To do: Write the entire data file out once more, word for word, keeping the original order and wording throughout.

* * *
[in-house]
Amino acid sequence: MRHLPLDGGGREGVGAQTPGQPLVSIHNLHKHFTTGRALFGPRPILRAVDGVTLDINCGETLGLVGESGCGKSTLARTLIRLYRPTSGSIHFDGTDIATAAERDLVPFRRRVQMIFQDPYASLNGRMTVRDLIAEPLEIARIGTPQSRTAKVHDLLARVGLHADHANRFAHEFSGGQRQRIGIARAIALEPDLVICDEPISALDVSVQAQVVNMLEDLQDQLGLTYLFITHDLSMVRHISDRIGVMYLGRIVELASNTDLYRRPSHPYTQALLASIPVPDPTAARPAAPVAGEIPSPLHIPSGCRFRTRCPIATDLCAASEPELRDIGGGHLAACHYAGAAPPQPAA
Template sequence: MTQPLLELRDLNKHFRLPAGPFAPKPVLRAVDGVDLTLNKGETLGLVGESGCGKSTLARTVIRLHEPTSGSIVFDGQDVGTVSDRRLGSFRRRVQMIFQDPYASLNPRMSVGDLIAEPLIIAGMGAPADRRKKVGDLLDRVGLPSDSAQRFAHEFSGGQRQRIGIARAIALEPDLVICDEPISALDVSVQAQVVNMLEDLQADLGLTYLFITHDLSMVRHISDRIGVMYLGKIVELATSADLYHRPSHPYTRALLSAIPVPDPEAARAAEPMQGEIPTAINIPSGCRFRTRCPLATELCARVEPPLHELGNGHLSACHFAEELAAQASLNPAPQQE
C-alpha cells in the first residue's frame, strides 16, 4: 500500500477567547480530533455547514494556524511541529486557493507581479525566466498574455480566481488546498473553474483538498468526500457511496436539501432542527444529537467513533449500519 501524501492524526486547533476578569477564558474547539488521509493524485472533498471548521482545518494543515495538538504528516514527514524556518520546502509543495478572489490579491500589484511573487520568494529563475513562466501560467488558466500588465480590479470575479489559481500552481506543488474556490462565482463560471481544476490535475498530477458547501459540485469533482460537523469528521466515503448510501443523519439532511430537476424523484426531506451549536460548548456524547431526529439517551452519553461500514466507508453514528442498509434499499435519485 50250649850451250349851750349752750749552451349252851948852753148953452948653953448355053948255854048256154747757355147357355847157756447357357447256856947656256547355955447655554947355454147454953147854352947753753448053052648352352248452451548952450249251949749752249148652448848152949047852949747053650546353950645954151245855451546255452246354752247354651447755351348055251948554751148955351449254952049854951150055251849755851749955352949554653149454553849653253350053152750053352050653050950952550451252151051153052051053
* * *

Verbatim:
[in-house]
Amino acid sequence: MRHLPLDGGGREGVGAQTPGQPLVSIHNLHKHFTTGRALFGPRPILRAVDGVTLDINCGETLGLVGESGCGKSTLARTLIRLYRPTSGSIHFDGTDIATAAERDLVPFRRRVQMIFQDPYASLNGRMTVRDLIAEPLEIARIGTPQSRTAKVHDLLARVGLHADHANRFAHEFSGGQRQRIGIARAIALEPDLVICDEPISALDVSVQAQVVNMLEDLQDQLGLTYLFITHDLSMVRHISDRIGVMYLGRIVELASNTDLYRRPSHPYTQALLASIPVPDPTAARPAAPVAGEIPSPLHIPSGCRFRTRCPIATDLCAASEPELRDIGGGHLAACHYAGAAPPQPAA
Template sequence: MTQPLLELRDLNKHFRLPAGPFAPKPVLRAVDGVDLTLNKGETLGLVGESGCGKSTLARTVIRLHEPTSGSIVFDGQDVGTVSDRRLGSFRRRVQMIFQDPYASLNPRMSVGDLIAEPLIIAGMGAPADRRKKVGDLLDRVGLPSDSAQRFAHEFSGGQRQRIGIARAIALEPDLVICDEPISALDVSVQAQVVNMLEDLQADLGLTYLFITHDLSMVRHISDRIGVMYLGKIVELATSADLYHRPSHPYTRALLSAIPVPDPEAARAAEPMQGEIPTAINIPSGCRFRTRCPLATELCARVEPPLHELGNGHLSACHFAEELAAQASLNPAPQQE
C-alpha cells in the first residue's frame, strides 16, 4: 500500500477567547480530533455547514494556524511541529486557493507581479525566466498574455480566481488546498473553474483538498468526500457511496436539501432542527444529537467513533449500519 501524501492524526486547533476578569477564558474547539488521509493524485472533498471548521482545518494543515495538538504528516514527514524556518520546502509543495478572489490579491500589484511573487520568494529563475513562466501560467488558466500588465480590479470575479489559481500552481506543488474556490462565482463560471481544476490535475498530477458547501459540485469533482460537523469528521466515503448510501443523519439532511430537476424523484426531506451549536460548548456524547431526529439517551452519553461500514466507508453514528442498509434499499435519485 50250649850451250349851750349752750749552451349252851948852753148953452948653953448355053948255854048256154747757355147357355847157756447357357447256856947656256547355955447655554947355454147454953147854352947753753448053052648352352248452451548952450249251949749752249148652448848152949047852949747053650546353950645954151245855451546255452246354752247354651447755351348055251948554751148955351449254952049854951150055251849755851749955352949554653149454553849653253350053152750053352050653050950952550451252151051153052051053